PSC-endorsed candidates Bill de Blasio (running for mayor) and Tish James (for public advocate) at a rally in Union Square in support of the August 29 fast-food workers’ strike. Strikers are demanding an end to poverty wages.
Bill de Blasio, who was at 10% in the polls when the PSC endorsed him in June, finished strong with 40% in the September 10 primary election to choose the Democratic candidate for mayor. PSC-endorsed candidates also placed first in the other two citywide races, and four-fifths of the union’s candidates for City Council were victorious.
“This is an important step for shifting New York City politics in a more progressive direction,” said PSC President Barbara Bowen. “New Yorkers want a change from the inequality and austerity of the Bloomberg years, and the PSC will work hard for the same result this November.”
“In a city this rich,” added Bowen, “there is no reason why CUNY should be poor. De Blasio’s plan to end tax breaks for well-connected corporations like Fresh Direct and to increase City funding of CUNY by 50%, is a prime example of the change in priorities we need.”
As Clarion went to press, it was not yet clear if de Blasio would face a runoff in the contest for the Democratic nomination. He had captured 40.3% of the vote reported the day after the primary, far above his nearest rival but just above the runoff threshold. Either way, de Blasio’s surging support was the main story of the September 10 election.
“People are responding to Bill de Blasio’s campaign because of his clear and consistent message – that New York is increasingly a ‘tale of two cities,’ and that the city is at-risk if we allow that to continue,” said PSC First Vice President Steve London. “Last year, the richest 1% of New Yorkers received 39% of the city’s income, while close to half the city lives at or near the poverty line. De Blasio’s message – taxing the rich to fund education, ending the racial profiling of stop-and-frisk – resonates with voters who want New York to move in a new direction.”
PSC members worked hard in the primary, mounting the biggest election effort in the union’s history. Calling thousands of fellow PSC members, and leafleting at campuses CUNY-wide, volunteers spread the word about who the union was supporting, and why. “We heard a lot of encouraging remarks from other faculty,” said Nivedita Majumdar, co-chair of the PSC chapter at John Jay college. “It felt good to be supporting someone who both has a good program and is a winner!”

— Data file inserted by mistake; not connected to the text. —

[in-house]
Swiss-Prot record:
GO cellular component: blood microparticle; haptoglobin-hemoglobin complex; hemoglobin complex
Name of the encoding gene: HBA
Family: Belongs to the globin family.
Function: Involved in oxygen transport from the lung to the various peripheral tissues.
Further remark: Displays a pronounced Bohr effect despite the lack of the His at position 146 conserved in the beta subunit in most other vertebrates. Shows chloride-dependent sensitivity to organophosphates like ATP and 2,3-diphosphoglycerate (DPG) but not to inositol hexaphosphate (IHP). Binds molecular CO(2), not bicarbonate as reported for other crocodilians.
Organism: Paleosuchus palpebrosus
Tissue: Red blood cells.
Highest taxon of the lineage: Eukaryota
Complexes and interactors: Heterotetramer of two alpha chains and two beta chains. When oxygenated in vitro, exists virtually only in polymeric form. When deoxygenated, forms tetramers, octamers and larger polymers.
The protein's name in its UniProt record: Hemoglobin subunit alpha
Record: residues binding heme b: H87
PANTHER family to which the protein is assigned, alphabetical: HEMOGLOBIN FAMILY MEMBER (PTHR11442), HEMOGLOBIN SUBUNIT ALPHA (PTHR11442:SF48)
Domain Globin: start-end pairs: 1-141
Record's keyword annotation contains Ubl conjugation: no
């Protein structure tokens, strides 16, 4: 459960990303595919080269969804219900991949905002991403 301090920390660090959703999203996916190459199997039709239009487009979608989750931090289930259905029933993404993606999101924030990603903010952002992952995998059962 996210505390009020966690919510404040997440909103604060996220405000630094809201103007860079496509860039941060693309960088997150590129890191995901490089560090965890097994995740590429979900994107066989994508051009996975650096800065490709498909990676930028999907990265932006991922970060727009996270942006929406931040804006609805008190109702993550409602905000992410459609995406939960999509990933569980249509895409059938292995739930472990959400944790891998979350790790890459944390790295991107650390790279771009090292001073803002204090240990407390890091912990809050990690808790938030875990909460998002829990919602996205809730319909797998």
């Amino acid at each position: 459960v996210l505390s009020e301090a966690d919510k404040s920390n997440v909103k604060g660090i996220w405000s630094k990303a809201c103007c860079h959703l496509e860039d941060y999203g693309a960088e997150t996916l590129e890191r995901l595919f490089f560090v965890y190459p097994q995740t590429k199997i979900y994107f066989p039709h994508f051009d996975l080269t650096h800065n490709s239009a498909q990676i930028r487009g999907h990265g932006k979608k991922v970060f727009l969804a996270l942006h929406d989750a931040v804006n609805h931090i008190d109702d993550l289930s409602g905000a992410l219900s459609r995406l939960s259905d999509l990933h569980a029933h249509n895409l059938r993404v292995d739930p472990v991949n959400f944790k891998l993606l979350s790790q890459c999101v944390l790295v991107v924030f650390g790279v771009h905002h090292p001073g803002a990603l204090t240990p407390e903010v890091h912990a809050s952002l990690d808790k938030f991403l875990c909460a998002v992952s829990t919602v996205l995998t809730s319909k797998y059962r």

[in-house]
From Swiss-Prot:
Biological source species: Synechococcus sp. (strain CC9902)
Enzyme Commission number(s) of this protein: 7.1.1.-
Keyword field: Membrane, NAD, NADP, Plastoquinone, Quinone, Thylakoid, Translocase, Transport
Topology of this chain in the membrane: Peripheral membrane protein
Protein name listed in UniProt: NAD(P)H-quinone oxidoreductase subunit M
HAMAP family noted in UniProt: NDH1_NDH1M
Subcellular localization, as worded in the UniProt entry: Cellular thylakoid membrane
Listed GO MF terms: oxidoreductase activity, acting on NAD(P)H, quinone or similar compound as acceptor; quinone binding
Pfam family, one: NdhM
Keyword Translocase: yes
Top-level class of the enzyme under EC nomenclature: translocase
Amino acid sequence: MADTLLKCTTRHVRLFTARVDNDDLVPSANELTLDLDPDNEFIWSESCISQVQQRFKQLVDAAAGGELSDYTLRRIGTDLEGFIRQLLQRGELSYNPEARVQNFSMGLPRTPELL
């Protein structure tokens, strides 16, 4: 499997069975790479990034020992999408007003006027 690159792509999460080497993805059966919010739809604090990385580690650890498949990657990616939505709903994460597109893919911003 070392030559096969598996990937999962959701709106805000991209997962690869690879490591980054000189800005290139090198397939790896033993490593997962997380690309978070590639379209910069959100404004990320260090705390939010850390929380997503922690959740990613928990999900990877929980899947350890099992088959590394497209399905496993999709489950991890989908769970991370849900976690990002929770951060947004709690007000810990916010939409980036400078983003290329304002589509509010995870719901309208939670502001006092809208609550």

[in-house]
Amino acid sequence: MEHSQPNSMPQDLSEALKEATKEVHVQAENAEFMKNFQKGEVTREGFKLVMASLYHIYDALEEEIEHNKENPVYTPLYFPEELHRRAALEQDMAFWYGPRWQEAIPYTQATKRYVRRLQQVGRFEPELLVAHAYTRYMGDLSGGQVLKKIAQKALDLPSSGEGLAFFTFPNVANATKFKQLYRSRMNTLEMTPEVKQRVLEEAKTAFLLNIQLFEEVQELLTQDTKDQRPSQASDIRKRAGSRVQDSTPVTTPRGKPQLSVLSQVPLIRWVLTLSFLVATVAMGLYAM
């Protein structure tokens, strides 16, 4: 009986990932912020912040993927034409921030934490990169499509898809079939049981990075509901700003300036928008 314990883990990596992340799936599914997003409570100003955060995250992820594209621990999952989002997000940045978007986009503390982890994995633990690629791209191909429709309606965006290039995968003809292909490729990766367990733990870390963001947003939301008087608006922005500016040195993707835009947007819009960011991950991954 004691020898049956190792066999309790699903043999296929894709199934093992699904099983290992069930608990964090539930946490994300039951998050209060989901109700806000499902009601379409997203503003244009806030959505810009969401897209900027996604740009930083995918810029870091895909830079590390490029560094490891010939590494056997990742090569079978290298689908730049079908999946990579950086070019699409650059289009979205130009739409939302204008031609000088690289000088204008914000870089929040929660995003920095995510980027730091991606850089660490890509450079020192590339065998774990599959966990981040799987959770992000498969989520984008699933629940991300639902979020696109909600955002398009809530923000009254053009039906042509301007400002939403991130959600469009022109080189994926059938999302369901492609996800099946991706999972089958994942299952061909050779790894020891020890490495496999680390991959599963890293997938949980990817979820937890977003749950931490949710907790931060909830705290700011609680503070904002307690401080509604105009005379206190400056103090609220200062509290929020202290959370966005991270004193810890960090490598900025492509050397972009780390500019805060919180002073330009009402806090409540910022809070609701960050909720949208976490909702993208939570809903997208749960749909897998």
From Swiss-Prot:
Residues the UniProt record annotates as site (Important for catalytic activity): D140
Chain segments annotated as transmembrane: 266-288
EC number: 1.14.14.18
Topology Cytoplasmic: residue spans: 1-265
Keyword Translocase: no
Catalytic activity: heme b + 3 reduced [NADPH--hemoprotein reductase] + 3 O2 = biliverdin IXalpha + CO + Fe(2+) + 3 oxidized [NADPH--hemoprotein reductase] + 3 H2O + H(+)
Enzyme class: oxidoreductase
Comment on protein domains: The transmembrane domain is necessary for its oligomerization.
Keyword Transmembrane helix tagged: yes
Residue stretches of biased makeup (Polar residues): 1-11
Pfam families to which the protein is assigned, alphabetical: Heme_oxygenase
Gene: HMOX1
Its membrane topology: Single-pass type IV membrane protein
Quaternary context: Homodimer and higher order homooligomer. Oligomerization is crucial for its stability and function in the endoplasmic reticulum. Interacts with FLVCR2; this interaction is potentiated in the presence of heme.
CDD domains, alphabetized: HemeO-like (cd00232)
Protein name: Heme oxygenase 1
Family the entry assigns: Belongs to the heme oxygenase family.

Candidates backed by the PSC also came in first in the other citywide races. Public advocate candidate Letitia James, currently a City Council member from Brooklyn, drew 36%, and is campaigning to win the nomination in an October 1 runoff. In its endorsement of James, the PSC cited her strong support for CUNY, her role on the City Council in demanding an investigation of the disastrous CityTime payroll project, and her clear-sighted criticism of the NYPD’s discriminatory practice of stop-and-frisk.
Scott Stringer, currently borough president of Manhattan, clinched the comptroller nomination with 52%. A trustee of the NYC Employee Retirement System, Stringer has emphasized the importance of protecting public employees’ retirement security and is a longtime advocate for CUNY.
Several insurgent candidates won primary races for City Council, with PSC support as part of a broad progressive coalition. In Brooklyn, community activist Carlos Menchaca defeated incumbent Sara González in Council District 38, despite a massive infusion of money from the real estate industry’s political action committee in support of his opponent.
Ben Kallos, a reformer who has worked for more transparency in government, also beat the real estate lobby to overcome Assemblymember Micah Kellner in Manhattan’s CD 5. At press time, another candidate fiercely opposed by real estate interests, Daneek Miller, was in the lead in CD 27 in Queens. Miller is president of ATU Local 1056, the union for drivers and mechanics in NYC Transit’s Queens Bus Division.
Other notable council victories include Antonio Reynoso in Brooklyn’s CD 34, who defeated political boss Vito Lopez’s attempt to move to the council from the State Assembly, where he had resigned his seat after a sexual harassment scandal. In CD 15, Ritchie Torres, a dynamic young organizer who has worked closely with tenants in his Bronx district, won the primary with backing from a wide range of progressive organizations.
“This year PSC members have organized the union’s strongest-ever election effort,” Bowen told Clarion. “We can secure the progressive victories in this year’s primary if we continue our efforts through the general election on Tuesday, November 5.”
[For updates on PSC election action, go to the PSC website and click on “Endorsements for 2013 Elections.”]